Please tell us a little about your writing process. Is there a time of day at which you prefer to write? Are there any items you like to keep handy for inspiration?

I’m not sure what to tell you. Butt in the chair, pen on the paper (or fingers on the keyboard). I like to write in the morning – sometimes nine a.m.and sometimes one a.m. Right now my major fiction writing time is between 1:30 and 2:30 pm because I have a full-time job, afternoon shift, and write in the car while my husband drives. It’s a 75-minute commute. I write columns and articles at home, where I have notes, reference books and an internet connection, however slow (in my part of the country we don’t yet have high-speed or cell service). I write poetry wherever it occurs to me. I don’t have any particular item that I keep for inspiration, but I do have quotes pinned up on my wall, and when I get my new office, I’ll be writing things on the wall that help keep me focused and inspired. One of my favourites is from my friend Lucinda Kempe. “Life is tough, E, but it’s tougher for those poor souls who have no passion, yes?” Definitely yes. I also keep books on myth and folklore handy, and a lot of reference stuff about animals and biology.

What is your strategy with regards to editing? Do you rely on critique partners, beta readers, or writer’s group?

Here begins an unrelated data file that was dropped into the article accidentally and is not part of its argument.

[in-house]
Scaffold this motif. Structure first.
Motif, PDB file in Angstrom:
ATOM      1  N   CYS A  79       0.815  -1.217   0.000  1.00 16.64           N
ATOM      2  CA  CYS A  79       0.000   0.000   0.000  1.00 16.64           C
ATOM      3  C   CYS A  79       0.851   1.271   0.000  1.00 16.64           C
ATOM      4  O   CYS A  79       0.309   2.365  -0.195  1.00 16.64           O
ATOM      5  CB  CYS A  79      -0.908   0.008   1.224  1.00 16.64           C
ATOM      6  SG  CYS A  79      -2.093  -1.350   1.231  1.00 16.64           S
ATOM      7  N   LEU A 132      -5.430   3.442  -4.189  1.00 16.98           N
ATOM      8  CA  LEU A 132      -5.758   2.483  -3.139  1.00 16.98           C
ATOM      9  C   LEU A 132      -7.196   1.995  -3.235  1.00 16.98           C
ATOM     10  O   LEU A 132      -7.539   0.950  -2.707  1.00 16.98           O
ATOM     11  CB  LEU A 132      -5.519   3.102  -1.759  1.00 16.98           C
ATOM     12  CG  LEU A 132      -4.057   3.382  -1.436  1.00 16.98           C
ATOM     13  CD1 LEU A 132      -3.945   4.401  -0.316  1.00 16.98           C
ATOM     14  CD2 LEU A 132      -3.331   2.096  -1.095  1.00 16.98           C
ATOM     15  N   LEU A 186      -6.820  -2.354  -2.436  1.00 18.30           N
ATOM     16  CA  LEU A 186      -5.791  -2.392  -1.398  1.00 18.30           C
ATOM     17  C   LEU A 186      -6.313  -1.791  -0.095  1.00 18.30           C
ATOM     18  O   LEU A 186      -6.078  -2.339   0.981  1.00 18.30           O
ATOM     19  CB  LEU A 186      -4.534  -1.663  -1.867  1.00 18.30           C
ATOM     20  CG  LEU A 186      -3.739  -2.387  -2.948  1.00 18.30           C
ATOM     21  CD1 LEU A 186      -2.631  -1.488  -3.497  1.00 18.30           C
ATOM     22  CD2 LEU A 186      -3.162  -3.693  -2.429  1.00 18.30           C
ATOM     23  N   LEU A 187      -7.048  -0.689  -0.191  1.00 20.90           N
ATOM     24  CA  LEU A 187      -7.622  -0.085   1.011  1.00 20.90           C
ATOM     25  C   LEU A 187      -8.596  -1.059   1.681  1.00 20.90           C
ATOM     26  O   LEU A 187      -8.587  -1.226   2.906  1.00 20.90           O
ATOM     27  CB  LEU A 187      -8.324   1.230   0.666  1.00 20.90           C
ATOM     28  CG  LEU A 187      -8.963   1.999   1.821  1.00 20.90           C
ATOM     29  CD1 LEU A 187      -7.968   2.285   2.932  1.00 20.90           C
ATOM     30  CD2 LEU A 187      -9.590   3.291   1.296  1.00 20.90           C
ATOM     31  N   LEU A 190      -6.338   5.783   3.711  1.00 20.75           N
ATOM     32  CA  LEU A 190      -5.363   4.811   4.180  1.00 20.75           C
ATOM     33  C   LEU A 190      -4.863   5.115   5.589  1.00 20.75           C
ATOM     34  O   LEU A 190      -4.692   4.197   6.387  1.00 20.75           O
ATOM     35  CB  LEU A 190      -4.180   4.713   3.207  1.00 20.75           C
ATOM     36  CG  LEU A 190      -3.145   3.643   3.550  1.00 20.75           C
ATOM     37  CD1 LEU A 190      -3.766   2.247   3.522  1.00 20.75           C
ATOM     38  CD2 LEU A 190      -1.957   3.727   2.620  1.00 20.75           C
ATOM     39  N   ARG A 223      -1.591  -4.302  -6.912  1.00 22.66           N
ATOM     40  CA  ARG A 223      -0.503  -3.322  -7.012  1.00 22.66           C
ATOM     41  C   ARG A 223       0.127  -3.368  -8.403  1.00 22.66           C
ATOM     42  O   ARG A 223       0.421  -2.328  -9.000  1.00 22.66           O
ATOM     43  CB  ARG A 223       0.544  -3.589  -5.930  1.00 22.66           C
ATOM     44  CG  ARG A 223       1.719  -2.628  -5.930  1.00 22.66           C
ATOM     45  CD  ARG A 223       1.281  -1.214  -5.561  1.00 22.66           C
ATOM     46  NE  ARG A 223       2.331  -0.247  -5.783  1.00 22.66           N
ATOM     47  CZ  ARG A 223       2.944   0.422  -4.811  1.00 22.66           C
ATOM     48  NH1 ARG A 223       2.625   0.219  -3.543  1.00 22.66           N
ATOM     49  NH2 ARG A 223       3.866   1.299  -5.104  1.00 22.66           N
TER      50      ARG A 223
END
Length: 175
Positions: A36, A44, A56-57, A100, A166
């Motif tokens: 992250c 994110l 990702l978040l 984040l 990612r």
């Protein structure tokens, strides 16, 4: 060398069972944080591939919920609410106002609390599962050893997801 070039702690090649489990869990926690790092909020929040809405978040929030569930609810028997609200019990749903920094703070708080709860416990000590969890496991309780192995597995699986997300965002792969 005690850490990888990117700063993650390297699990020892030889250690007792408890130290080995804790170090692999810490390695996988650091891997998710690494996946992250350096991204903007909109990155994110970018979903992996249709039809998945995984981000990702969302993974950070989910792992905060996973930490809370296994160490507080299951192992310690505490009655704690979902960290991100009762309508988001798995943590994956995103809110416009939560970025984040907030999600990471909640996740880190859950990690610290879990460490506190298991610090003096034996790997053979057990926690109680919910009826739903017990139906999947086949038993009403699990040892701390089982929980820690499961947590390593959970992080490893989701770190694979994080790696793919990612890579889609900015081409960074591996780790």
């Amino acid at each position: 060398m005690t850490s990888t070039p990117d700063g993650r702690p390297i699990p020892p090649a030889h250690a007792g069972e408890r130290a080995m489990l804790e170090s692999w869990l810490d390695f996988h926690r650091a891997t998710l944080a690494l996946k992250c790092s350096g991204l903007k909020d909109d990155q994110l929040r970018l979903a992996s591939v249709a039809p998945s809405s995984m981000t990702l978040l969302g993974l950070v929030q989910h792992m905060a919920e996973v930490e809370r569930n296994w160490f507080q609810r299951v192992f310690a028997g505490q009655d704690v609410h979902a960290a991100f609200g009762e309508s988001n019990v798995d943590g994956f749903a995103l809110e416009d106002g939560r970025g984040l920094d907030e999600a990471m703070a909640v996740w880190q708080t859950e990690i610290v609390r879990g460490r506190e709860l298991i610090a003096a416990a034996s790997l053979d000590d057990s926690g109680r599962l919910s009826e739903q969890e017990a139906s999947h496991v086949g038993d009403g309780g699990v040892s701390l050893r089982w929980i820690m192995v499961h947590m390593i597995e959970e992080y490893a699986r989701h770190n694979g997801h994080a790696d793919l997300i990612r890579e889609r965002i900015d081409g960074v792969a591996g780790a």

I don’t know what I’d do without my writers’ group! I’m a member of a wonderful, active group in Thessalon, close to where I live. We critique each others’ work for grant application and submission for publication. We’re very effective: four of us have won major provincial grants to support our fiction writing, and five or six of us have won smaller grants on a regular basis. I also have a group of readers whose judgement I trust who are not part of the writers’ group. I’ve been relying on them for critical reading of the YA novel. For a long time I worked on line in Zoetrope in the Flash Factory, which was my on line writers’ group, and that vastly improved my flash fiction. When I get back to full-time writing, the first thing I’m doing is going back to the Flash Factory and more flash stories.

It was so frustrating when I was first looking for critique, many years ago, to have people say, “Oh, this is fantastic!” because I knew it wasn’t, but I didn’t know what I was doing wrong. I felt a little bit like the abstract painter with a portrait, and he wanted to change the nose, but didn’t know where it was. I knew there were problems with my work, and by then I’d realized that they could be fixed, but first I had to be able to pinpoint the trouble, and I didn’t know how. I didn’t even know where to go for help, and was fumbling along, improving almost by accident. When I began writing for radio, the producers I worked with made many very gentle suggestions, and I gradually learned how to edit my own work for that medium. I now read a lot about writing; there’s always something new to learn.